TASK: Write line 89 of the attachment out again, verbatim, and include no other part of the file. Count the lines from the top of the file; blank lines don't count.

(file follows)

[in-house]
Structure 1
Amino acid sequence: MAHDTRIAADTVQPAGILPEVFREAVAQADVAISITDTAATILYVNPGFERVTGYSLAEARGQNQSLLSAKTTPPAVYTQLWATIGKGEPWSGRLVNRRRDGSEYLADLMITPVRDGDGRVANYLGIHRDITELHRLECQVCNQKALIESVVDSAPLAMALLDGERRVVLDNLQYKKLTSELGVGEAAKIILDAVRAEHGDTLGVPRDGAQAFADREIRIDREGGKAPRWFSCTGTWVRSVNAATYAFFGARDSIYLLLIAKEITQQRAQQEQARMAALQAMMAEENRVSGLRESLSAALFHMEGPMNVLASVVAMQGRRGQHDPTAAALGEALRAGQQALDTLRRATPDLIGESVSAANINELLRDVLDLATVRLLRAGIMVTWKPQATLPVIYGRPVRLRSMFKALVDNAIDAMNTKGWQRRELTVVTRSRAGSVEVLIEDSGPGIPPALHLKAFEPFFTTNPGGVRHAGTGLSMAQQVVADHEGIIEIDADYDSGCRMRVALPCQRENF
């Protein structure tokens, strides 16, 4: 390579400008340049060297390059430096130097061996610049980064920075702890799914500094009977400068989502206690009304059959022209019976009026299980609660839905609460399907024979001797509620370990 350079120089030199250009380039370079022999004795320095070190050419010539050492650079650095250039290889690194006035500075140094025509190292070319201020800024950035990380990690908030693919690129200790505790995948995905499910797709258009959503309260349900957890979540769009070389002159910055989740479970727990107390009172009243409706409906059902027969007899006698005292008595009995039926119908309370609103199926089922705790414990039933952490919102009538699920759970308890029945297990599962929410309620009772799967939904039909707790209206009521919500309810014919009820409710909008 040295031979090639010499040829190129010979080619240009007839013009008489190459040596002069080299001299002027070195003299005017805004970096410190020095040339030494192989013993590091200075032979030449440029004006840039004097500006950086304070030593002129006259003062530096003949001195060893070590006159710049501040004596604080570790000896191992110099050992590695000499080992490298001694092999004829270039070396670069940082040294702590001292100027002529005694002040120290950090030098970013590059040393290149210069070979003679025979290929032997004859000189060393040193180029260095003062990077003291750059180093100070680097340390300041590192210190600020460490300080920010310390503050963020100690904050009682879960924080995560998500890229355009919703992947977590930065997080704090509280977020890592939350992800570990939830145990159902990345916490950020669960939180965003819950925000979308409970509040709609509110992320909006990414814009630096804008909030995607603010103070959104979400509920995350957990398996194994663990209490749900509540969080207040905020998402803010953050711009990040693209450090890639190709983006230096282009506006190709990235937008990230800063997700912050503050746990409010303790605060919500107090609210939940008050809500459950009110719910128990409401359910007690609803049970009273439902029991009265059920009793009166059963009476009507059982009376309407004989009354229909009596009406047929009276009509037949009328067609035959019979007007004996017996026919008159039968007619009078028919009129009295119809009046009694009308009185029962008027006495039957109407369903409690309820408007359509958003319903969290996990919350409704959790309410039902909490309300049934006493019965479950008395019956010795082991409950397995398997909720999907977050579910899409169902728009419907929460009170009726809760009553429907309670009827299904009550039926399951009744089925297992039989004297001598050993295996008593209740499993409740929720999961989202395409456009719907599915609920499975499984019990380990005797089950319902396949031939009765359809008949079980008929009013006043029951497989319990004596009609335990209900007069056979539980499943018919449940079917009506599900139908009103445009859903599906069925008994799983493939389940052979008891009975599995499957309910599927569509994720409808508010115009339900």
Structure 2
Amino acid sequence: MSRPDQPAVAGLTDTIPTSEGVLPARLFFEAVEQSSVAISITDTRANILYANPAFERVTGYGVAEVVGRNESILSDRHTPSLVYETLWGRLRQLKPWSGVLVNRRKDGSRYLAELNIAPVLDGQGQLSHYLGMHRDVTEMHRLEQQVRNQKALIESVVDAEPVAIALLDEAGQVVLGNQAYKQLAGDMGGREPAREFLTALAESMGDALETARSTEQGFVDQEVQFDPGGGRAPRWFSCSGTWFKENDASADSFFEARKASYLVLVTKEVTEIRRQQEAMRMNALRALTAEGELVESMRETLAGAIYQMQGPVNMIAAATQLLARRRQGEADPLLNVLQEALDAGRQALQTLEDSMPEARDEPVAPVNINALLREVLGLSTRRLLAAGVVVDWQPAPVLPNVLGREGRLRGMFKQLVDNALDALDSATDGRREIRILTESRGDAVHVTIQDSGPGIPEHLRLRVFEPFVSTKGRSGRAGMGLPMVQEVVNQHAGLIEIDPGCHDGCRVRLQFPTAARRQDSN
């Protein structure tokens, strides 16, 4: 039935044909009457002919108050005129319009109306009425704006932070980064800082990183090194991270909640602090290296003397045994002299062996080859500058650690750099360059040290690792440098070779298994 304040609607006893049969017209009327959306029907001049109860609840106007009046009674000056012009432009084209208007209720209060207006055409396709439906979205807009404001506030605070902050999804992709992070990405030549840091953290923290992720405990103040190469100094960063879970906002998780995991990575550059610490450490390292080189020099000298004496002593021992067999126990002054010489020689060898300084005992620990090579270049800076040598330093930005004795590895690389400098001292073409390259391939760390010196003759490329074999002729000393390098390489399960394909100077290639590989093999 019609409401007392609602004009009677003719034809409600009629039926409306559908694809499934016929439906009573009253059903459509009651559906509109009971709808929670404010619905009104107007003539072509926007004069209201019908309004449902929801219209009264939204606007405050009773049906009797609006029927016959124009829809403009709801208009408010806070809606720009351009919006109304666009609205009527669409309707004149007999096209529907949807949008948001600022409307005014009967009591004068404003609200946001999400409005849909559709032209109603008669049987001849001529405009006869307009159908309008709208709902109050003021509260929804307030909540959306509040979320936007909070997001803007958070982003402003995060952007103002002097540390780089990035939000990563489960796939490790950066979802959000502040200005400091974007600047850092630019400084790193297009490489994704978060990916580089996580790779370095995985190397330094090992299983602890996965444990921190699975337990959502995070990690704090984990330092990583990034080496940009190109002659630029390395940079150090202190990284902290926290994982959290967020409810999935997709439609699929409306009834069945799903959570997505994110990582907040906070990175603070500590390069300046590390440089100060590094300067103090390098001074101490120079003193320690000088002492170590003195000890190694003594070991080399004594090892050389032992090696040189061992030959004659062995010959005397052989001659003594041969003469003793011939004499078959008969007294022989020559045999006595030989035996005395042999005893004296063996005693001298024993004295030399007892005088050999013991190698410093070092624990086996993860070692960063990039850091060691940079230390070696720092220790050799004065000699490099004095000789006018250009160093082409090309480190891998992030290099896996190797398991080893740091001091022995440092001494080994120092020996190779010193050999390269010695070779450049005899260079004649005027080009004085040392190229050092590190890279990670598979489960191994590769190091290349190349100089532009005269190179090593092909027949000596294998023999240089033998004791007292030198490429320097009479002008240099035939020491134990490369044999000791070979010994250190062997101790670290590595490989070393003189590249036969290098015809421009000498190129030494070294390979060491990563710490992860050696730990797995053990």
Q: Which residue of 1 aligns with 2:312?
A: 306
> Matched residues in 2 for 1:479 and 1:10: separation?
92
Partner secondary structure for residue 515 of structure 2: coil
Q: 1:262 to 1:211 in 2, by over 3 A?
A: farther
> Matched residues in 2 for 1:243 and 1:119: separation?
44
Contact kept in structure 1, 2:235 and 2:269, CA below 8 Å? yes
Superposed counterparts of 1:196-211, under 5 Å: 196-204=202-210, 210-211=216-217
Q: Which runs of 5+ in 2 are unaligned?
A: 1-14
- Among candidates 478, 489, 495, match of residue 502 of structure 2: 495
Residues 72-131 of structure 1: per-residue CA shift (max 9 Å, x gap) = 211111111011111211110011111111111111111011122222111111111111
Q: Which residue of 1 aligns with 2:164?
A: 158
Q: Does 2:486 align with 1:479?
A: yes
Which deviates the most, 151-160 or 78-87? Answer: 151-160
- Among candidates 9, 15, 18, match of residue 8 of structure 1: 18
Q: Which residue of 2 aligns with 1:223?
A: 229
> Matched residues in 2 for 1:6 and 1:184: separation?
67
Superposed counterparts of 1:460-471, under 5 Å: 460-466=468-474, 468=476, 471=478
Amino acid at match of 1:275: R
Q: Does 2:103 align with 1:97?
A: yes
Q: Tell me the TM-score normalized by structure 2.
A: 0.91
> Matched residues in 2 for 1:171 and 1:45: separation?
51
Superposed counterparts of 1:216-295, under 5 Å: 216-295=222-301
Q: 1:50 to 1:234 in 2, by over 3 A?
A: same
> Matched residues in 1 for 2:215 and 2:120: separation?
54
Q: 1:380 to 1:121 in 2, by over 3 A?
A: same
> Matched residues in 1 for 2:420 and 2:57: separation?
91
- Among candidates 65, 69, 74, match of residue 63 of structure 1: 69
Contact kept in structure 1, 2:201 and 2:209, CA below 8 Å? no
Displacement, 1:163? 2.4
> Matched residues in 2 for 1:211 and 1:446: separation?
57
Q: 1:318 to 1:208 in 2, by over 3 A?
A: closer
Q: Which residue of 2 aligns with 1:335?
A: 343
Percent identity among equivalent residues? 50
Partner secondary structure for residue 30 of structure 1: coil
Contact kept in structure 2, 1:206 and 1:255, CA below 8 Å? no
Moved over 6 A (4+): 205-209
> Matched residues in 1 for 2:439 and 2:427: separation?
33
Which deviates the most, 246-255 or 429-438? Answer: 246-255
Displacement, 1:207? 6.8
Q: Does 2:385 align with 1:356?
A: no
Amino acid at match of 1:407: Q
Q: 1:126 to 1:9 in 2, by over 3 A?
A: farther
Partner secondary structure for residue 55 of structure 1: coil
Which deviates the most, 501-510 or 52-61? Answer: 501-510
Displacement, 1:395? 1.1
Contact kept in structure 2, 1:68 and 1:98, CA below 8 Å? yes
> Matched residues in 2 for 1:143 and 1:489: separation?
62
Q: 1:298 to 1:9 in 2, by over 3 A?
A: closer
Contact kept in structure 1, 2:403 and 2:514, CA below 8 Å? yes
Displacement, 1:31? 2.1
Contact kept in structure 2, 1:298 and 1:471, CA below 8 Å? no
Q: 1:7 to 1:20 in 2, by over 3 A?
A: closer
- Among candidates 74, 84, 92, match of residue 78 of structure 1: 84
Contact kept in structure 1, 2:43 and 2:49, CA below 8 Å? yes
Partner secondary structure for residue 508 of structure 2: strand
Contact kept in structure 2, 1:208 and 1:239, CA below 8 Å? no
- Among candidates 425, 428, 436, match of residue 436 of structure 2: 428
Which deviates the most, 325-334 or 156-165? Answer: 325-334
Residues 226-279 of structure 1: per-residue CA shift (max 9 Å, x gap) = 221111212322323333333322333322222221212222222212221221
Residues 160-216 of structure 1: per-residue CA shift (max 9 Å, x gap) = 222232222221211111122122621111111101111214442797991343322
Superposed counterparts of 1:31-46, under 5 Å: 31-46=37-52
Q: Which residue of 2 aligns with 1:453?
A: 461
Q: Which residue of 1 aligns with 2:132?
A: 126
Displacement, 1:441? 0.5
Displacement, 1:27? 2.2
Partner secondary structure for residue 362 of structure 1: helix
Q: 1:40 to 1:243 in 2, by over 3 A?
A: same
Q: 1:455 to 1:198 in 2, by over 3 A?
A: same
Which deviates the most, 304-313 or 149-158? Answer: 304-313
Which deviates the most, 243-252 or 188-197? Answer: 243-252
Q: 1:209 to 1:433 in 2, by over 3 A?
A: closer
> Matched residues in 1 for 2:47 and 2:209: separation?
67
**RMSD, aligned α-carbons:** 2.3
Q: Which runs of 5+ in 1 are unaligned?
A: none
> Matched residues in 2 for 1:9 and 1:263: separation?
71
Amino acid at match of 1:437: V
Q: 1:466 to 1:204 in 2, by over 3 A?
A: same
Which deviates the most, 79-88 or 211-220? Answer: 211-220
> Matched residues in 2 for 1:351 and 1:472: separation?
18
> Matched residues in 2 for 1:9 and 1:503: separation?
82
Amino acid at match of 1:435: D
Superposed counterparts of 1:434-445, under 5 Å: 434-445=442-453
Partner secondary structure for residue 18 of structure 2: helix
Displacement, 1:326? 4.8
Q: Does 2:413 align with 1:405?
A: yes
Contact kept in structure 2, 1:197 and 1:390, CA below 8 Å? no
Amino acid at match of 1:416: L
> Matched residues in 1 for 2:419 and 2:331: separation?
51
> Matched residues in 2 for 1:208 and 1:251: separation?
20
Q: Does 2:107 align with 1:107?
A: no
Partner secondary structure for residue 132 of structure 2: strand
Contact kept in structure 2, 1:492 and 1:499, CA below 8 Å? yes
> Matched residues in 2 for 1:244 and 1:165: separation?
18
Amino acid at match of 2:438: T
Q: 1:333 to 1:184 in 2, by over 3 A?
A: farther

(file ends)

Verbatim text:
- Among candidates 425, 428, 436, match of residue 436 of structure 2: 428